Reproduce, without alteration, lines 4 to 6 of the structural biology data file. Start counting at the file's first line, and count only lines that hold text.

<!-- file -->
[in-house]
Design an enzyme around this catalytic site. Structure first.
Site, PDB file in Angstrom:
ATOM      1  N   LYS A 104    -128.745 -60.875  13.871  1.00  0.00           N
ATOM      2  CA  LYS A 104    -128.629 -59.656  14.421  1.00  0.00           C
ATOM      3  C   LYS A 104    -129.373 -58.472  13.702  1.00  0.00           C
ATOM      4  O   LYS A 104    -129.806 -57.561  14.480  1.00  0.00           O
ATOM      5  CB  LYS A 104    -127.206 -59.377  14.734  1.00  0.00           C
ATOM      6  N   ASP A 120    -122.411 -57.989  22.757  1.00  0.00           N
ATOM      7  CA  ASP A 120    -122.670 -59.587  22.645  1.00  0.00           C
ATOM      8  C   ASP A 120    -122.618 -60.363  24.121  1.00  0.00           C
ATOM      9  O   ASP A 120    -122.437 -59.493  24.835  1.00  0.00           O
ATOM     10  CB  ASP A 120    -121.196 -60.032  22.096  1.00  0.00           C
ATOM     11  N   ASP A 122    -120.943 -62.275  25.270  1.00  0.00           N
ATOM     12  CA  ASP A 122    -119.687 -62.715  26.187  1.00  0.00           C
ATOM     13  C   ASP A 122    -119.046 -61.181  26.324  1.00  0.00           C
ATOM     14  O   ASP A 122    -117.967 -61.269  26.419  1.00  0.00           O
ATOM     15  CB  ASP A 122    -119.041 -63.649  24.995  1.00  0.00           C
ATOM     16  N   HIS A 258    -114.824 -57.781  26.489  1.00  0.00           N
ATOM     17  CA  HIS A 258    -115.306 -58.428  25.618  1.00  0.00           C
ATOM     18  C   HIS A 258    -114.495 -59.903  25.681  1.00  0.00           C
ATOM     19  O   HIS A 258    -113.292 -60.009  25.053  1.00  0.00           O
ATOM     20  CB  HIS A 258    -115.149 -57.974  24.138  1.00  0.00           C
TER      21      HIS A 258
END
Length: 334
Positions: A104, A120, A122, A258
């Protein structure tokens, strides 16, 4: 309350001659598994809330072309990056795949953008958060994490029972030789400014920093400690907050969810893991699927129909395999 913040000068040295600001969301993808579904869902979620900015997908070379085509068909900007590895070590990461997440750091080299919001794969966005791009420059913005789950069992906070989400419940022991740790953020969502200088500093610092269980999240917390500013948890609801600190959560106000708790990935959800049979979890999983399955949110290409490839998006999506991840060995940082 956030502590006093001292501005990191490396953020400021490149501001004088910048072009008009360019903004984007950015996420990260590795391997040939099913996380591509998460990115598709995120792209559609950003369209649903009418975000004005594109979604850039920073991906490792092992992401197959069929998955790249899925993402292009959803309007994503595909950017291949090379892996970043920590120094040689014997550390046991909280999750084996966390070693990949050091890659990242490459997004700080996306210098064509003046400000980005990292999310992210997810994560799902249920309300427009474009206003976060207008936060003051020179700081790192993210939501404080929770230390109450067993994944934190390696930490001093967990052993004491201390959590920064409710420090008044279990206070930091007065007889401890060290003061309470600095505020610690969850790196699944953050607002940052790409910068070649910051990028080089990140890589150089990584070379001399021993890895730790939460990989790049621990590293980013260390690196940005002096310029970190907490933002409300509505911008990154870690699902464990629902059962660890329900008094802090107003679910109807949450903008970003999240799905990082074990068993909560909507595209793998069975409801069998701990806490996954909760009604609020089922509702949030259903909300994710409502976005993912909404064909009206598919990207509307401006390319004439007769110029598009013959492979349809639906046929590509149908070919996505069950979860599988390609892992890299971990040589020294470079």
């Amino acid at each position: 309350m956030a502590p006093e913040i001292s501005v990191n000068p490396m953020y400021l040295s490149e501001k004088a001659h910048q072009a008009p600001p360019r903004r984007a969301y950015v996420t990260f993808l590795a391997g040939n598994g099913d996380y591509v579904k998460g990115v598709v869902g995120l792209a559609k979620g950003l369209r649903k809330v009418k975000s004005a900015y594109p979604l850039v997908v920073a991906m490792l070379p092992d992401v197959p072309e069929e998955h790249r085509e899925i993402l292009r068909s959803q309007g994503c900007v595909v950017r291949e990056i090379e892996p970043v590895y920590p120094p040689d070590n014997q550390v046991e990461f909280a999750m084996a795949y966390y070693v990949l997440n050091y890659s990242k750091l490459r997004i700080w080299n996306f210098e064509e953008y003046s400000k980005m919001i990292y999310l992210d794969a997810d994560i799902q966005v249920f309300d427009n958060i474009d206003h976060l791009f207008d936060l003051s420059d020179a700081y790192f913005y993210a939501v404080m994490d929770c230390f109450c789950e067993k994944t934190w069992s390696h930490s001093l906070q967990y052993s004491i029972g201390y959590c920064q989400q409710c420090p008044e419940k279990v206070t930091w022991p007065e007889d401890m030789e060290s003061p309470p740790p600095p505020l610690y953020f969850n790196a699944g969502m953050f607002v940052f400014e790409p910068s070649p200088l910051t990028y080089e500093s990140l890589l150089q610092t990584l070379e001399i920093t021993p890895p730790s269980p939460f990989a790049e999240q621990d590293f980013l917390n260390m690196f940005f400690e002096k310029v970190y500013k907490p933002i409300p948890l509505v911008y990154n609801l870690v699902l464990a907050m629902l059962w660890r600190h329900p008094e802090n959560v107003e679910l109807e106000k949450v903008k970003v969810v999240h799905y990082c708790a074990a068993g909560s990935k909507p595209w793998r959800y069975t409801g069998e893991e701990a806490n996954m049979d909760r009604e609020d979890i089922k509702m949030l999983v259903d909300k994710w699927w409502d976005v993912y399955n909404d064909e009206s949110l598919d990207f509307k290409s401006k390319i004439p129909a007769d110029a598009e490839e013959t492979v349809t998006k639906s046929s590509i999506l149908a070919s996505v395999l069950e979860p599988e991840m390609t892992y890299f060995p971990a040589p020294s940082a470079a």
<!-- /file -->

ATOM      1  N   LYS A 104    -128.745 -60.875  13.871  1.00  0.00           N
ATOM      2  CA  LYS A 104    -128.629 -59.656  14.421  1.00  0.00           C
ATOM      3  C   LYS A 104    -129.373 -58.472  13.702  1.00  0.00           C